Recruiting Belongs Under Finance

There was a blog posting by David Lynn recently here on ERE that asked where recruiting belonged: under HR?

I could feel the blood rushing into my fingers as I answered: “I have strong feelings about this. It belongs under finance with a leg into biz dev and mergers & acquisitions as well.”

And it does.

Here’s why:

Recruiting is such a vital function in an organization because it touches every person in that organization. Not every department can be said to do this. We all know a company is as good as its people.

Recruiting belongs under finance because it is basically a competitive intelligence function.

Yes, recruiting involves talking to people in the outside world, and if you’re doing it right you’re gathering intelligence along the way. I suspect applications like could be very useful in these maneuvers, but I am talking out of school because I am not using it (yet). But any application that could capture (and distribute) the notes, thoughts, and facts that any contributor in the company enters regarding a particular candidate would be wildly useful as an “M&A” tool.

“He said money seems tight around his company and he’s worried moving forward about the viability of his position.”

If I was working as an M&A professional (and I have) I would look at that and think, “Hmmm…I wonder if they’re having cash-flow problems.”

I’d then take a look at the company in question (if it was a competitor and I was tasked with finding objects to buy) and do a preliminary inquiry into the company’s possible availability.

“Hello Mrs. CFO. This is Maureen Sharib. I am with XYZ and our desire to grow is why I am calling you. Could we maybe have a conversation around a possible partnership between our two companies?”

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Putting it like that belies the fact that I know they’re having cash-flow problems, or at least something is going on inside her company that is making their employees think so. A gentle knock on her door but an opening for discussion, nevertheless.

I’d approach finance first because, after all, this is the drive engine of the company. She’s going to be consulted anyway in an event like this, so why not include her from the get-go and make friends early? Let it be her idea taking it to her boss.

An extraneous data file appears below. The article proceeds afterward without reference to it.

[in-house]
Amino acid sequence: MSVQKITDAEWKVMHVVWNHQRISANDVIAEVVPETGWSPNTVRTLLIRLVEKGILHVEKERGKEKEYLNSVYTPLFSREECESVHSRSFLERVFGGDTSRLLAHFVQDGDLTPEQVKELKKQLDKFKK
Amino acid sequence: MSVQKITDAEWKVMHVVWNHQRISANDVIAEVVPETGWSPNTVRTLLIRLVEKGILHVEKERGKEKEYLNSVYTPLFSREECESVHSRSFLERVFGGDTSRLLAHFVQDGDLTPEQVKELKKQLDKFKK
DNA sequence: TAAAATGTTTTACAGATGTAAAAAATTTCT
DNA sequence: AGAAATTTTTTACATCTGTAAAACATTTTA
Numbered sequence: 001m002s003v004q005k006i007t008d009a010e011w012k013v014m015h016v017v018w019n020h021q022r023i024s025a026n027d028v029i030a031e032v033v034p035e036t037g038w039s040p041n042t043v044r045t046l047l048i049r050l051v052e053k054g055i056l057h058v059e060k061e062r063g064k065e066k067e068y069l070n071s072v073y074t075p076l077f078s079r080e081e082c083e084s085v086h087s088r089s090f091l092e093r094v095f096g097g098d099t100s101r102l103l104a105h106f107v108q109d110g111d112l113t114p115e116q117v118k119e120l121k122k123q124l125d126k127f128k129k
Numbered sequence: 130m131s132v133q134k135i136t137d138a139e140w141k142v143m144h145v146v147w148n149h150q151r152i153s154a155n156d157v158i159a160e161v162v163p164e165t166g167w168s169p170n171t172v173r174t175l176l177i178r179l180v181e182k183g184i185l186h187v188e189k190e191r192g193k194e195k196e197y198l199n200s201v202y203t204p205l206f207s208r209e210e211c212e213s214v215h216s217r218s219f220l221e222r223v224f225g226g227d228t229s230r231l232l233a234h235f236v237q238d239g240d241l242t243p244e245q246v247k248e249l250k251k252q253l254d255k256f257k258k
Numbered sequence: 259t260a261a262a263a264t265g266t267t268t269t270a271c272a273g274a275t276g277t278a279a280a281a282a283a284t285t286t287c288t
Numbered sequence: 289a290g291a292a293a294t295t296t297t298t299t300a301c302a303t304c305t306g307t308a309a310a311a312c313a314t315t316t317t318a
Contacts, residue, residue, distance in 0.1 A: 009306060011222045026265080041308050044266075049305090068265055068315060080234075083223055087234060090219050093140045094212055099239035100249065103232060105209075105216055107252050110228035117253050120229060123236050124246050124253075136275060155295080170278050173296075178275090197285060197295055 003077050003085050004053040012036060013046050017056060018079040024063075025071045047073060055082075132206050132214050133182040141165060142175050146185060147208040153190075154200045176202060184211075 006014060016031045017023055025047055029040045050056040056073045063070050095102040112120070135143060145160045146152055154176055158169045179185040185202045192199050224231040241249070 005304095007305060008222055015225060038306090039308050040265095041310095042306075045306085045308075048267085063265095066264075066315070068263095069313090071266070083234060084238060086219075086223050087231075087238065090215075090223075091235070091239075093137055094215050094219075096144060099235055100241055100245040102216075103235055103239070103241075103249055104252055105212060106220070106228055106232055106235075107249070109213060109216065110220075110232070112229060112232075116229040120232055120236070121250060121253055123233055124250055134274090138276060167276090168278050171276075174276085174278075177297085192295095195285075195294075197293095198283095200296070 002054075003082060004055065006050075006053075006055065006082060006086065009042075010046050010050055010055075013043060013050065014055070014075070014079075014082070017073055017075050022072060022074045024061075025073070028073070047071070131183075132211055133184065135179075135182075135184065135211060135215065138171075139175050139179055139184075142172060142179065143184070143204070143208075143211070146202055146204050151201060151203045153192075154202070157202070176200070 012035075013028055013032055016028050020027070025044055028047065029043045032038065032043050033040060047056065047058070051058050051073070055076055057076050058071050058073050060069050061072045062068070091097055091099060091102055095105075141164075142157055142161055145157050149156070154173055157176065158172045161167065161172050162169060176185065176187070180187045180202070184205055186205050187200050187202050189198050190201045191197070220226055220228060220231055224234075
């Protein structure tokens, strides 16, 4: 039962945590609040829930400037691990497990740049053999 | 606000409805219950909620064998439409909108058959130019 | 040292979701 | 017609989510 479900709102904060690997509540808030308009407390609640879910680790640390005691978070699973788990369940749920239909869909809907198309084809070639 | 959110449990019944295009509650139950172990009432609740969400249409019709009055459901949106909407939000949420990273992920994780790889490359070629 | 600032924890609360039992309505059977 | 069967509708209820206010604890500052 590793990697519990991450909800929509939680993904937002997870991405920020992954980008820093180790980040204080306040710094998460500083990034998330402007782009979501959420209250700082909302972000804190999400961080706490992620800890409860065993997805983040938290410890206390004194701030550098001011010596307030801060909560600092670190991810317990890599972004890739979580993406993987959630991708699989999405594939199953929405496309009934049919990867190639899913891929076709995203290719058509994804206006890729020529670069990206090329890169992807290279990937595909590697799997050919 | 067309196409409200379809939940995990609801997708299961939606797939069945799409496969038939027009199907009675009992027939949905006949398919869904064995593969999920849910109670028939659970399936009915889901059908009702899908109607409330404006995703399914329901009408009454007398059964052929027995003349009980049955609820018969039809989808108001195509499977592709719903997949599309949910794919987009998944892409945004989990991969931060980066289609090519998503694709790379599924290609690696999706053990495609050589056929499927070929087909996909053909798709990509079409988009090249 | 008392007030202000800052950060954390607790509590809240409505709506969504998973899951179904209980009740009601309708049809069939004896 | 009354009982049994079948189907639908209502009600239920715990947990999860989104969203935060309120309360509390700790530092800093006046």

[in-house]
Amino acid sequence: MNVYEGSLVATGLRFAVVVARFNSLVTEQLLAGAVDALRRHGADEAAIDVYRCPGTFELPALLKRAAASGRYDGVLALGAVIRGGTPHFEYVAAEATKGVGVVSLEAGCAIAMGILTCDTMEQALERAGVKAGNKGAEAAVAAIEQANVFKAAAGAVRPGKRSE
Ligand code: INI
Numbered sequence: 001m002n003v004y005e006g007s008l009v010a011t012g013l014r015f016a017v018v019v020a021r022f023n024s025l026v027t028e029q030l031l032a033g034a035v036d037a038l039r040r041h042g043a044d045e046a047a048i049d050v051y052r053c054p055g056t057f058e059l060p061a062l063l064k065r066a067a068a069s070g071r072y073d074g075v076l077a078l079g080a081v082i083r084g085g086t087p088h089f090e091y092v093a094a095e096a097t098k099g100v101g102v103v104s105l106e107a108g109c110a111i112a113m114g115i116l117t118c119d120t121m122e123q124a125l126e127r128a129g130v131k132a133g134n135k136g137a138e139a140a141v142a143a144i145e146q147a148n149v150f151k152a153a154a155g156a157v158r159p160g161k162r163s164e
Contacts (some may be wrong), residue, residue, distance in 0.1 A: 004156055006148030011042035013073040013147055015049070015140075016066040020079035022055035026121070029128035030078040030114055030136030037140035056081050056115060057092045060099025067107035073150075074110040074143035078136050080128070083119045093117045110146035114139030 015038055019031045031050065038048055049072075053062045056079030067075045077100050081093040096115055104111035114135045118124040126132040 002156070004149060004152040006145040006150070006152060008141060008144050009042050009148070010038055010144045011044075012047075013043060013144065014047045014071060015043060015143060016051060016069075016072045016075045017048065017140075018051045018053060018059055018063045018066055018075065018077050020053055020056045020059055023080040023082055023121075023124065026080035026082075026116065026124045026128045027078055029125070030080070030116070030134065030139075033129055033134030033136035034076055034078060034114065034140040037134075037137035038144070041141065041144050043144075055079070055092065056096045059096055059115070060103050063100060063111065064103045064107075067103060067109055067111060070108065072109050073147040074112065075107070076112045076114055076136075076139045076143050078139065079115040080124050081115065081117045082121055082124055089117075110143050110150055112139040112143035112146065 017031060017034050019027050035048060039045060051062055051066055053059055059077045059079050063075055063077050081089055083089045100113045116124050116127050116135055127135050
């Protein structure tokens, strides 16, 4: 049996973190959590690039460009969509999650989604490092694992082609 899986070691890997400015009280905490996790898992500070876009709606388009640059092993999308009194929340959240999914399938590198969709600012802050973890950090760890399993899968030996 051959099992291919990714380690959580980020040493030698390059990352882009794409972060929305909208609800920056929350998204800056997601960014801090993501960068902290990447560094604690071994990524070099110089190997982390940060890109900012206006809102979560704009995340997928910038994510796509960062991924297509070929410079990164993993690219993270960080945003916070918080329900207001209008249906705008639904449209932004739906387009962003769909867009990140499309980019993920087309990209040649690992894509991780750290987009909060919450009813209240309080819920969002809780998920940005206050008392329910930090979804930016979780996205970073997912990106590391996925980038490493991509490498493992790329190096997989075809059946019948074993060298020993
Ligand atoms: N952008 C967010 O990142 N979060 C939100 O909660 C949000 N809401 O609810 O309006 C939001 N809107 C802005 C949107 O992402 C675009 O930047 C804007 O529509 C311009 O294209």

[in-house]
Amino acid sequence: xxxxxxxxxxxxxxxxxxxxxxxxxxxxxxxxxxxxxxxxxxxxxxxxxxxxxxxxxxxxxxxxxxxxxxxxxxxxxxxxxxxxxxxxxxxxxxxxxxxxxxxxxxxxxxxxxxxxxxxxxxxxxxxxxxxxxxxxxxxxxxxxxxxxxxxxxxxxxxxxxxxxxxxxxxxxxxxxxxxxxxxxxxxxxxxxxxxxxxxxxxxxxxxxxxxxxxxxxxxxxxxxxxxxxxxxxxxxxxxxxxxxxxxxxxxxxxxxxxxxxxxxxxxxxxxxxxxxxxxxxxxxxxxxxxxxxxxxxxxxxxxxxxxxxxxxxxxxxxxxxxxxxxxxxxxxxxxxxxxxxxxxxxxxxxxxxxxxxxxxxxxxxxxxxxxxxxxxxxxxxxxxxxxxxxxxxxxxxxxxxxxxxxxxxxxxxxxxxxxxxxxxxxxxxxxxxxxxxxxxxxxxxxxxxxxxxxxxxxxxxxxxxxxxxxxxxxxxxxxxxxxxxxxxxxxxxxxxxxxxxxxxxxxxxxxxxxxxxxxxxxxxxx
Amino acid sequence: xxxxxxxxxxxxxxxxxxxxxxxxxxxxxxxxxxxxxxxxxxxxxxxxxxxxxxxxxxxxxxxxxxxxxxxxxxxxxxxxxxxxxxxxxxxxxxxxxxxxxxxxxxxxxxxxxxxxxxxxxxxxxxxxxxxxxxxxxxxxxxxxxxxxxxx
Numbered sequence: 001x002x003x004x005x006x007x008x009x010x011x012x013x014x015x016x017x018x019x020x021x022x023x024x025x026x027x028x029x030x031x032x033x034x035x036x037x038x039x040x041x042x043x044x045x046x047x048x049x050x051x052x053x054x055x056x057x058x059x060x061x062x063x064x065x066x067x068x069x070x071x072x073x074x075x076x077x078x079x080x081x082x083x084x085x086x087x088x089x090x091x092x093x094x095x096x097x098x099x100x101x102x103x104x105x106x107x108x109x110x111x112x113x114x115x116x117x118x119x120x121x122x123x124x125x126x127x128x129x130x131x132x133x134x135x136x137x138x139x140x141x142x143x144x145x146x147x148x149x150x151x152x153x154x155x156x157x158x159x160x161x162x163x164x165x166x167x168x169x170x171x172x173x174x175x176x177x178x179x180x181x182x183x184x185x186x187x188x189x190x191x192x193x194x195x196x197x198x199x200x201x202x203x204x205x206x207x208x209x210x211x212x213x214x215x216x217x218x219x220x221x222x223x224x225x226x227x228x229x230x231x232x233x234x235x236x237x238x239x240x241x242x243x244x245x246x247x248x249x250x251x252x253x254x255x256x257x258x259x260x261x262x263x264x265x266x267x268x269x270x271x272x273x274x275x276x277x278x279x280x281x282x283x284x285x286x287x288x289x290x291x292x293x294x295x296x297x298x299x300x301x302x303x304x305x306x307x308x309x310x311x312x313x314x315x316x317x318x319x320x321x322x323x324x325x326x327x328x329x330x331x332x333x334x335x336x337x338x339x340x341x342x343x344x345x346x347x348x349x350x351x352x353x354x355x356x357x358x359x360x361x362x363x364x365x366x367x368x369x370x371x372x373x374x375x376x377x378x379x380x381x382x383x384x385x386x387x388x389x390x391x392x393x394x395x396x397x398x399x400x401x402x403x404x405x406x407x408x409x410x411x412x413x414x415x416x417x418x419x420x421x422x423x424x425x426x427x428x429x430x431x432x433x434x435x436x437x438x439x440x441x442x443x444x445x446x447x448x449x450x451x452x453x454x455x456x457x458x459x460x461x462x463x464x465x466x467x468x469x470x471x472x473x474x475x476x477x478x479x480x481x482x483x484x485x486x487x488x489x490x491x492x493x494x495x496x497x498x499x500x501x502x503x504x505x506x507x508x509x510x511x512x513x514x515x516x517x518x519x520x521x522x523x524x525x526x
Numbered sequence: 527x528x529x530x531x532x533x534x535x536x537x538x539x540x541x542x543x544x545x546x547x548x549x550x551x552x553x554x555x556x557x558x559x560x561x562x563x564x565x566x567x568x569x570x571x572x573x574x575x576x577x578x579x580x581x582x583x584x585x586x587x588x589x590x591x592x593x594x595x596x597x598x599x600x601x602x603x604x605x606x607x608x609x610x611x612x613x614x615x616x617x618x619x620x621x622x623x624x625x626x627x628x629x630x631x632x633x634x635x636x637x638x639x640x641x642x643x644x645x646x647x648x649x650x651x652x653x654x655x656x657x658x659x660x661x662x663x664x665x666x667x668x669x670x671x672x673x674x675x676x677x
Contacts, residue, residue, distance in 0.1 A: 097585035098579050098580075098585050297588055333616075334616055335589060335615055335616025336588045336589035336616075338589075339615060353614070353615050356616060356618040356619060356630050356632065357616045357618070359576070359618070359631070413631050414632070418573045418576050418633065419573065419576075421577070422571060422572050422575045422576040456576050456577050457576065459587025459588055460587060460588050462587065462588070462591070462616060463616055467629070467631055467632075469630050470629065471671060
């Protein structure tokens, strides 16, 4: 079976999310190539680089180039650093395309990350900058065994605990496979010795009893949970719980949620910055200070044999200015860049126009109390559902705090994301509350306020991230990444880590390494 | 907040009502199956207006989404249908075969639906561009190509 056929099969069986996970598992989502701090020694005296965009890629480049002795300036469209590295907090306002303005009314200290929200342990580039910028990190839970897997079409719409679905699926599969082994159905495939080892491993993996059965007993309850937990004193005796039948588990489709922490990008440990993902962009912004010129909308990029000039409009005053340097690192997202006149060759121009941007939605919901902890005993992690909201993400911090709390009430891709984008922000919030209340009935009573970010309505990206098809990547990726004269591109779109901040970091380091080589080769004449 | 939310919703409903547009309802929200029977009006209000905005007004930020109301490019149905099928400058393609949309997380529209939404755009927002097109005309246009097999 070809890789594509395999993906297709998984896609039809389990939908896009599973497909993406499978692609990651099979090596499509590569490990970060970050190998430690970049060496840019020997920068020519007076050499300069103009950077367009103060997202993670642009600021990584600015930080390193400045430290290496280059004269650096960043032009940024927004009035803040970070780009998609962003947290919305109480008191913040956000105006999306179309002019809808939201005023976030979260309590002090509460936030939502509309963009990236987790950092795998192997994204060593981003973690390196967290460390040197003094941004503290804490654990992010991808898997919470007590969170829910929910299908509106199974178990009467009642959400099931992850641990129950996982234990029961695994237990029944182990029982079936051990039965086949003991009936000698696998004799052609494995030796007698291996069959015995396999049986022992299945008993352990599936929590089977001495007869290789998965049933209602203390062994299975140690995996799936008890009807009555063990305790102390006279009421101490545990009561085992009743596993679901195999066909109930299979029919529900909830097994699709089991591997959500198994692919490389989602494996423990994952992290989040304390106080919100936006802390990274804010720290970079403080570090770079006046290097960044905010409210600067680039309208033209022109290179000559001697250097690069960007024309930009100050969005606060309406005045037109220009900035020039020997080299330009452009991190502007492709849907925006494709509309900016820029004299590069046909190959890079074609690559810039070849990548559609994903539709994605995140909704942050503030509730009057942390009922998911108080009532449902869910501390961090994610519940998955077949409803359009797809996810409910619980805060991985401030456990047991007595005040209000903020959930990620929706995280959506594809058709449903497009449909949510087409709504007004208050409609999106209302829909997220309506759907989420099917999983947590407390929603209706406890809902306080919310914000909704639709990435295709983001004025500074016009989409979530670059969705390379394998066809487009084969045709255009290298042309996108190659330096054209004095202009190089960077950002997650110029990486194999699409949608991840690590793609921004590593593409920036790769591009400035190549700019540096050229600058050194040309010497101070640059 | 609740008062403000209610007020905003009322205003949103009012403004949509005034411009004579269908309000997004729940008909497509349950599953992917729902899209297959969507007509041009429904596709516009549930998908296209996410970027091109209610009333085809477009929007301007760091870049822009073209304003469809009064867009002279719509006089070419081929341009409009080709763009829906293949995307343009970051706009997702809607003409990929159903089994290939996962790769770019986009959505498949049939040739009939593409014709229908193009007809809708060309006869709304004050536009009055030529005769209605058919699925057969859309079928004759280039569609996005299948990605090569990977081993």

Reporting up through finance makes sense for business development as well.

“He’s frustrated with the technology inside his company. Doesn’t feel they’re keeping up.”

Wow. If I was working in business development and had something I could sell to this company, I’d sit up straight and immediately pull Hoover’s up for contact information, and then I’d call.

“Hello, Purchasing. This is Maureen Sharib and I have a technology product that could change your employees’ attitudes towards their jobs.”

Let Purchasing walk with the glory. You just made a sale.

This isn’t brain surgery and appears to me to be common sense. What does it appear to you as?

Maureen Sharib has been a “Socratic sourcer” her entire sourcing career; from the moment she first picked up the faxed list of Silicon Valley high-tech companies that was her target list to “phone source” in 1996 to today she has instinctively followed this method of investigative sourcing using (mostly) the telephone.  She is a proponent of sourcing as a synonym for success and envisions the craft moving away from a dangerously drudgery-paced life-form existence to an exciting investigative/competitive place within organizations where practitioners co-exist within a framework of market research, human resources, and C-level future planning. She owns the phone sourcing and competitive intelligence firm, Inc. You can contact her at Maureen at or call her at (513) 646-7306.  If she’s not on the phone she’ll pick up!